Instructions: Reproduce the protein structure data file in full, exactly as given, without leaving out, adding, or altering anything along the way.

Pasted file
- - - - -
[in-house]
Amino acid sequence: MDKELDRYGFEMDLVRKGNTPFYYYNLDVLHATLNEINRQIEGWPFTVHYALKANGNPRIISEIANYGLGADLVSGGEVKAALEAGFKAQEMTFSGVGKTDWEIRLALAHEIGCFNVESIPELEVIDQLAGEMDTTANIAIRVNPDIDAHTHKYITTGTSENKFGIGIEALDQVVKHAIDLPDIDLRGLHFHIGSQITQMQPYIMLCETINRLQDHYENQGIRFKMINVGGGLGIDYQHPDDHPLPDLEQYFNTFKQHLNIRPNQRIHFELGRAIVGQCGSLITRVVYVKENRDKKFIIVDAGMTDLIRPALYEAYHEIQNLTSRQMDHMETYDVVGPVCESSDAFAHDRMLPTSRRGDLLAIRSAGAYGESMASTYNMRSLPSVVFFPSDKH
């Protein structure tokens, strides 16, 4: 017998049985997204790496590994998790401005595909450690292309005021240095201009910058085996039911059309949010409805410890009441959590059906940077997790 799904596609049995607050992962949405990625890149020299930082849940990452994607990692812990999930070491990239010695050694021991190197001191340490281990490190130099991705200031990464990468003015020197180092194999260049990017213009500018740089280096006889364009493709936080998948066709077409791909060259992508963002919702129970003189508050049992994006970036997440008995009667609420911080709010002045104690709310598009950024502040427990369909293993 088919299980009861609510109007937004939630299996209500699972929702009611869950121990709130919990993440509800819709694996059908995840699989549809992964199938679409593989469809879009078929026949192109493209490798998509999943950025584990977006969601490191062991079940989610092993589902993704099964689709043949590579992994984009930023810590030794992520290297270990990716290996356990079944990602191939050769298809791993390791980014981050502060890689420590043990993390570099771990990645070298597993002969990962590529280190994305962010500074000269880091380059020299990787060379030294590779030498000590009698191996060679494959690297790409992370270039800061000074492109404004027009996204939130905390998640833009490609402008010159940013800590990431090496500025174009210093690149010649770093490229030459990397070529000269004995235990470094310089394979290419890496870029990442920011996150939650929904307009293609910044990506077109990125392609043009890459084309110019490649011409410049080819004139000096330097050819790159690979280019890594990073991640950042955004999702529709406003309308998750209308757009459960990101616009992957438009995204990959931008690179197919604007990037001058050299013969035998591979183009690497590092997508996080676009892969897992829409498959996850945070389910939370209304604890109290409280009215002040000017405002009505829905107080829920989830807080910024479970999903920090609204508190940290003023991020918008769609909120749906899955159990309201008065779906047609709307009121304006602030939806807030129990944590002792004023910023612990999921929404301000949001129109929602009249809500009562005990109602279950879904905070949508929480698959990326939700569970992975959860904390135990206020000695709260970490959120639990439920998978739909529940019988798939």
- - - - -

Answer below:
[in-house]
Amino acid sequence: MDKELDRYGFEMDLVRKGNTPFYYYNLDVLHATLNEINRQIEGWPFTVHYALKANGNPRIISEIANYGLGADLVSGGEVKAALEAGFKAQEMTFSGVGKTDWEIRLALAHEIGCFNVESIPELEVIDQLAGEMDTTANIAIRVNPDIDAHTHKYITTGTSENKFGIGIEALDQVVKHAIDLPDIDLRGLHFHIGSQITQMQPYIMLCETINRLQDHYENQGIRFKMINVGGGLGIDYQHPDDHPLPDLEQYFNTFKQHLNIRPNQRIHFELGRAIVGQCGSLITRVVYVKENRDKKFIIVDAGMTDLIRPALYEAYHEIQNLTSRQMDHMETYDVVGPVCESSDAFAHDRMLPTSRRGDLLAIRSAGAYGESMASTYNMRSLPSVVFFPSDKH
């Protein structure tokens, strides 16, 4: 017998049985997204790496590994998790401005595909450690292309005021240095201009910058085996039911059309949010409805410890009441959590059906940077997790 799904596609049995607050992962949405990625890149020299930082849940990452994607990692812990999930070491990239010695050694021991190197001191340490281990490190130099991705200031990464990468003015020197180092194999260049990017213009500018740089280096006889364009493709936080998948066709077409791909060259992508963002919702129970003189508050049992994006970036997440008995009667609420911080709010002045104690709310598009950024502040427990369909293993 088919299980009861609510109007937004939630299996209500699972929702009611869950121990709130919990993440509800819709694996059908995840699989549809992964199938679409593989469809879009078929026949192109493209490798998509999943950025584990977006969601490191062991079940989610092993589902993704099964689709043949590579992994984009930023810590030794992520290297270990990716290996356990079944990602191939050769298809791993390791980014981050502060890689420590043990993390570099771990990645070298597993002969990962590529280190994305962010500074000269880091380059020299990787060379030294590779030498000590009698191996060679494959690297790409992370270039800061000074492109404004027009996204939130905390998640833009490609402008010159940013800590990431090496500025174009210093690149010649770093490229030459990397070529000269004995235990470094310089394979290419890496870029990442920011996150939650929904307009293609910044990506077109990125392609043009890459084309110019490649011409410049080819004139000096330097050819790159690979280019890594990073991640950042955004999702529709406003309308998750209308757009459960990101616009992957438009995204990959931008690179197919604007990037001058050299013969035998591979183009690497590092997508996080676009892969897992829409498959996850945070389910939370209304604890109290409280009215002040000017405002009505829905107080829920989830807080910024479970999903920090609204508190940290003023991020918008769609909120749906899955159990309201008065779906047609709307009121304006602030939806807030129990944590002792004023910023612990999921929404301000949001129109929602009249809500009562005990109602279950879904905070949508929480698959990326939700569970992975959860904390135990206020000695709260970490959120639990439920998978739909529940019988798939």